Friday, 25 June 2010

All Our Yesterday's & Today's

The sun is shining the weather is sweet yeah, makes you want to move your dancing feet! (Finlay Quaye), so it cannot possibly be Wimbledon or Glastonbury?

So, if it stays fine, which it is forecast to do, we won't have Cliff Richard warbling at the All England Tennis Club and the ganja should stay dry at the latter. I guess we have all said at one time or the other, "where did those years go" but to see that today marks the 40th 'birthday' of Glastonbury beggars belief. The natural continuation of what used to be the world renown 'Bath Blues Festival', these musical gathering did run side by side in the beginning, with the BBF finally giving way to the much bigger event. I was at the very first of these now defunct gigs, where for the princely sum of £2.00 you got to see the bands mentioned on the poster below where, like the Isle of Wight Festivals that followed the saying was "if you could remember it you weren't there"! I do have some vague recollections, though a smoke filled (purple) haze, of Rory Gallagher chiseling yet more chunks off his already battered Stratocaster, Stan Webb (then of Chicken Shack with the incomparable Christine Perfect on keyboards & vocals) venturing into the audience with his 'trademark' extended guitar lead and Kieth Emerson (of The Nice, later to become ELP = Emerson, Lake and Palmer) knifing to death yet another set of ivories. Add to that the very first outdoor appearance by the then budding Led Zeppelin, who had release their debut album (I) just 2 months earlier and where showcasing (II), Jimmy Page took a violin bow to his Gibson Les Paul, for the first time publicly, during the seminal Dazed & Confused.

This poster commands 'pride of place' at the top of my stairwell, so each time I climb the 'wooden hill' I'm taken back to the Bath Rugby Ground.

John (Ginger) Prince, former Leading Seaman in charge of the Seaman's Mess aboard HMS Undaunted, and his lovely wife Val visited me last evening for a long awaited dinner date. Prior to my return from South America in February Ginge and I had only met briefly once since my 21st birthday in 1967. It was through the pages of this Blog that we met up once more, and it was great to see you again 'Old Ships' (and Mrs 'Old Ships').

Ginge and Val with the 'Cook of the Mess' poking his nose in.

Obviously, much of the conversation was centered around the Grey Ghost of the Dorset Coast (the colloquially dubbed HMS Unwanted) but by the end of the evening most of the world's Sea Areas had been 'visited'.
On the crest of a wave.

With the black topped funnel marking, denoting Captain of the 2nd Frigate Squadron, HMS Undaunted in her heyday. Seen here carrying out a RAS (Replenishment at Sea) with one of the fleets oil/stores vessels, this maneuver requires best 'seamanship' practices by all concerned.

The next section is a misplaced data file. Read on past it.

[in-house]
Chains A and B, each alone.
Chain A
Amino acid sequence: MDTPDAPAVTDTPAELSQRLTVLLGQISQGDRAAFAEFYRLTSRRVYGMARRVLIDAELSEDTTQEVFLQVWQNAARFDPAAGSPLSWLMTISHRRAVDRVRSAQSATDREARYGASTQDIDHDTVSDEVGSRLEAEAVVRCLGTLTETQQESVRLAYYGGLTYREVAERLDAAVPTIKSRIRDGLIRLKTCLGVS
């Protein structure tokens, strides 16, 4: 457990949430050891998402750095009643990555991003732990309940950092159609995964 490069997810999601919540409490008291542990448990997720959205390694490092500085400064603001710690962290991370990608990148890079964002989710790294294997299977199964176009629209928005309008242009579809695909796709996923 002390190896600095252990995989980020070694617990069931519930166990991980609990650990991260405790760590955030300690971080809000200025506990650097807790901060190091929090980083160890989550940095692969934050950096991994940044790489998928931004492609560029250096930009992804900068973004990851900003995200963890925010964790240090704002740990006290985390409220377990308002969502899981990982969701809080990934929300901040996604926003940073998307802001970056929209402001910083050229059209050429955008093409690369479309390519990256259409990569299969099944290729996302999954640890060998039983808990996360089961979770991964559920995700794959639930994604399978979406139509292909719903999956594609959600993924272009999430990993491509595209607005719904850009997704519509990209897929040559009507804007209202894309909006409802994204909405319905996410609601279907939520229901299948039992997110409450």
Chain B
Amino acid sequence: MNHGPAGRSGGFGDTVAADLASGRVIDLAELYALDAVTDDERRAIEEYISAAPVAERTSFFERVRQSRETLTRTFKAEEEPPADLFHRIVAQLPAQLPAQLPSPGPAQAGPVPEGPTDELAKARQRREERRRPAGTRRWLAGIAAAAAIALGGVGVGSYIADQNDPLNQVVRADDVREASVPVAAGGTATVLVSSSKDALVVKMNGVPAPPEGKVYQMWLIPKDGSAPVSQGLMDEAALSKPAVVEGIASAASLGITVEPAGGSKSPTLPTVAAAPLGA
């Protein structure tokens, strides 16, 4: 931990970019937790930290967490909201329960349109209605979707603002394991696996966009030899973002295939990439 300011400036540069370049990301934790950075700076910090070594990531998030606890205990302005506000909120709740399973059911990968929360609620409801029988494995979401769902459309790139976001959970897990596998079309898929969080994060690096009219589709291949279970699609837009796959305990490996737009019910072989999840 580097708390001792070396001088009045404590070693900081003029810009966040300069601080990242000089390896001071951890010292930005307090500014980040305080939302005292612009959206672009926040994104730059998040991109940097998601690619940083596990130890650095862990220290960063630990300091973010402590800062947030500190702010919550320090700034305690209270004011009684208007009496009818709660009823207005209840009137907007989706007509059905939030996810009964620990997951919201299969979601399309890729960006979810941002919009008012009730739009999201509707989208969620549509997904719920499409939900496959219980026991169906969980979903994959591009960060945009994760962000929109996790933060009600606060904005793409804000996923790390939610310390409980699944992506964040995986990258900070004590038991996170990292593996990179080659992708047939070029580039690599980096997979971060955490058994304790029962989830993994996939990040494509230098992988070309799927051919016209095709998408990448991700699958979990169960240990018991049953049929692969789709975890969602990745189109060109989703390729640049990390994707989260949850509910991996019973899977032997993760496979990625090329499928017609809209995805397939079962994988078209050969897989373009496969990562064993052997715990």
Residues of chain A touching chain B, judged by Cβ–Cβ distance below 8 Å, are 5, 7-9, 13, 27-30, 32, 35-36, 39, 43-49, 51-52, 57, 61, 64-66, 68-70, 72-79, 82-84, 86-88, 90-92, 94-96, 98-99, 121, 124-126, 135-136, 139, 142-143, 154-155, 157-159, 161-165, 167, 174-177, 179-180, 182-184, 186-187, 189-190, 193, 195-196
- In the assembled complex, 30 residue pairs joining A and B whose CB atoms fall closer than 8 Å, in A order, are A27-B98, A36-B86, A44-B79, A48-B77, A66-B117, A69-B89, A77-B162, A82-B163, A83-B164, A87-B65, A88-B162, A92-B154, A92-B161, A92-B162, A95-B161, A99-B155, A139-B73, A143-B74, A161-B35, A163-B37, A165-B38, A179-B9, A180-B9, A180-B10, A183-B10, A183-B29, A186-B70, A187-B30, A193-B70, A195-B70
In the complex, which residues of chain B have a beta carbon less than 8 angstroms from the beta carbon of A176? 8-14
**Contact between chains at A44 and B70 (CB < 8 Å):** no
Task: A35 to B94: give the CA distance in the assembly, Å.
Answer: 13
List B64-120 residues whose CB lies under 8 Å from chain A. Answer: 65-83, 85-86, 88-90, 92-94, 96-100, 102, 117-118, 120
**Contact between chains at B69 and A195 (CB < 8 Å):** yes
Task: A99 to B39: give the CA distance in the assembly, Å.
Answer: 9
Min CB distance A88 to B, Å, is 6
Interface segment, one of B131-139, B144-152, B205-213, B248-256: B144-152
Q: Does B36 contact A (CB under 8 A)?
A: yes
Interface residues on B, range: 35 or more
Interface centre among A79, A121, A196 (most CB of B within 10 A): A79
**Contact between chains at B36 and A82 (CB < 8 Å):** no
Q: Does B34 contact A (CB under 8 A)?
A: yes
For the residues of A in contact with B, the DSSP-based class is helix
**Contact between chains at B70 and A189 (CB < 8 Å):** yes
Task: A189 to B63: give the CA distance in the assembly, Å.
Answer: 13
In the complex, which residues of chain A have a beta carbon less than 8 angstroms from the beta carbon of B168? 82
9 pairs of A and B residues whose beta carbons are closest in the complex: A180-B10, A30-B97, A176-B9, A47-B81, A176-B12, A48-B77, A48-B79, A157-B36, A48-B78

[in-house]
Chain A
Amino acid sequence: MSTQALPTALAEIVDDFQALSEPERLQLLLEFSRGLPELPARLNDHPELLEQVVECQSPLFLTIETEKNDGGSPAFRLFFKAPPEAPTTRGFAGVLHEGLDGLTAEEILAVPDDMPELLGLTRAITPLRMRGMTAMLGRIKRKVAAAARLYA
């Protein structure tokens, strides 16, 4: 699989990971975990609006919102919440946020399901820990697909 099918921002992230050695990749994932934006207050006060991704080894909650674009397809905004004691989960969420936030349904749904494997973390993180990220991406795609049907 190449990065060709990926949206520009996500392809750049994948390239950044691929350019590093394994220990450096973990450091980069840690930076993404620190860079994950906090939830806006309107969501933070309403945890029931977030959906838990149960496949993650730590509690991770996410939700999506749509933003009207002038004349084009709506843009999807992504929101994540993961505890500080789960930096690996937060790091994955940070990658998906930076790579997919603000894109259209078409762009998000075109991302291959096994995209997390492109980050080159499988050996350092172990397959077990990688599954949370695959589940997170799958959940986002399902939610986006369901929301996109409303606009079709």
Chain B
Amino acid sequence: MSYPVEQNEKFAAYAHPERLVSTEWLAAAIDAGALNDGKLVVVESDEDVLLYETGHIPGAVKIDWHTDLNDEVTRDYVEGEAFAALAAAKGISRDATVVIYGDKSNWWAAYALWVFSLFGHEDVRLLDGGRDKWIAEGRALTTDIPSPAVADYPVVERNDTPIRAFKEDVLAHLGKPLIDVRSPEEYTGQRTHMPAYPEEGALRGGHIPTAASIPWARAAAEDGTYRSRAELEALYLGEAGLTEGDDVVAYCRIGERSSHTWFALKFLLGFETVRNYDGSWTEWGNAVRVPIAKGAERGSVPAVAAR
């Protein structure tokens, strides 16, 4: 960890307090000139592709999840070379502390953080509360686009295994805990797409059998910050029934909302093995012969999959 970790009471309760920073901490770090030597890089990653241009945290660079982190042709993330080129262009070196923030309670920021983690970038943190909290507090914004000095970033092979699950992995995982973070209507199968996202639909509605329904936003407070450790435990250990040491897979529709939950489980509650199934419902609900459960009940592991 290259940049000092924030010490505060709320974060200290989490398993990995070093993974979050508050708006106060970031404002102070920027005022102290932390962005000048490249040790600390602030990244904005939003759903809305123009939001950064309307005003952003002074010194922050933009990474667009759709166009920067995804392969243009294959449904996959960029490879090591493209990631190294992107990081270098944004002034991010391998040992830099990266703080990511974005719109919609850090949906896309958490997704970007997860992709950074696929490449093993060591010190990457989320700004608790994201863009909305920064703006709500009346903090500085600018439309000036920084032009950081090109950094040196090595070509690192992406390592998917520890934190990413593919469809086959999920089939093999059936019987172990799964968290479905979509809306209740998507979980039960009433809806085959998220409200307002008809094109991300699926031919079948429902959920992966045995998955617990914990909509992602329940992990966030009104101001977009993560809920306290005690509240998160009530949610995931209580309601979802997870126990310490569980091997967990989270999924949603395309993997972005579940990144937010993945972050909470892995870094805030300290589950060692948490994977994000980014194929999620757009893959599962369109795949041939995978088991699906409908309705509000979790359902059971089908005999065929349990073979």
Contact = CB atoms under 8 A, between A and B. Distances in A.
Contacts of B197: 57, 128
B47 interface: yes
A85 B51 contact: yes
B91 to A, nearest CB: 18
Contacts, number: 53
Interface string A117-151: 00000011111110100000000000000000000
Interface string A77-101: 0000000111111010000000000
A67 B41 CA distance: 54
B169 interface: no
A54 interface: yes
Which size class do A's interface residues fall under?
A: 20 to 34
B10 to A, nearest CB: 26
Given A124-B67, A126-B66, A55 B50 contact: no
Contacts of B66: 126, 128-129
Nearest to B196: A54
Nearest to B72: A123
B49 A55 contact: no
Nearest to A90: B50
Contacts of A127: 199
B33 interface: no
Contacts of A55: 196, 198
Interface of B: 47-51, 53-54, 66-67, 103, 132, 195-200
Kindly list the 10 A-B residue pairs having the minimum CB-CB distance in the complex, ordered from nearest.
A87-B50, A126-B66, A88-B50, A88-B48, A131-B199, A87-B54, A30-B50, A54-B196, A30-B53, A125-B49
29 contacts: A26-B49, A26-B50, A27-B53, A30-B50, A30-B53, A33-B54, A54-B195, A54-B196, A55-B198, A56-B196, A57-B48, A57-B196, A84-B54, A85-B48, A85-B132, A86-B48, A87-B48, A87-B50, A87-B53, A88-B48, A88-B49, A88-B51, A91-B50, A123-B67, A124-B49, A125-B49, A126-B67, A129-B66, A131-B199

One of a whole flotilla of Type 15 anti-submarine Frigates she met a useful but ignominious end.

Towed hundreds of miles into the Atlantic Ocean, her final hours were as a target for Exocet missile trials.

Disappearing into the deep blue sea.

A Magpie Moth that strayed into the garden overnight, and then on to Ferry Bridge and the Bill. The only signs of birdlife at the Bridge were c2 Common Terns, as the Little Terns continue to feed young and incubate eggs.

At the Bill there were plenty of Large Skippers on the wing,

plus a representative of the ever growing population of Pheasants there.

There were c4 Common Swift feeding above Top Fields, which were bedecked with

Common Mallow

The best sight of the day came while coffee-ing at the side of the Observatory pond, as this Emperor Dragonfly commenced

ovipositing (laying her eggs) below the water service.

Thought to be Hedge Bedstraw

An overflying Fleet Air Arm helicopter is an unfamiliar sight over Portland since the Squadron was disbanded and the Heliport closed down to all except the Search & Rescue 'chopper.

Field Bindweed

A Falmouth (FH693) registered 'crabber' heads for Portland Harbour.

and finally, Upstaging the 'Dorset Echo'.

A bit of action to report from today's walk which will doubtlessly appear in the local press in a few days time.

Turning to leave the Ferry Bridge foreshore, palls of dark smoke were rising above Wyke Regis from a domestic house fire. It certainly looked serious enough, but as if to endorse that theory 3 fire fighting appliances raced to the blaze.

and reaching Sweethill, I encountered the Dorset Echo photographer snapping away at the Weymouth & Portland Dog Warden and a lady on horse-back. They were obviously there to further the story of a Stafford Terrier that, despite being on a lead, attacked one of the local horses. The story as I got it was, a young man taking his girlfriend's dog for a walk, lost control of the lead as the dog raced to attack what at first I thought was a foal. It turned out to be an adult of a small species of horse that the dog had quite badly bitten at the top of its front right leg. The dog owner then disappeared, but later returned to face the music, after which the story becomes dim. So you'll have to buy the Echo!

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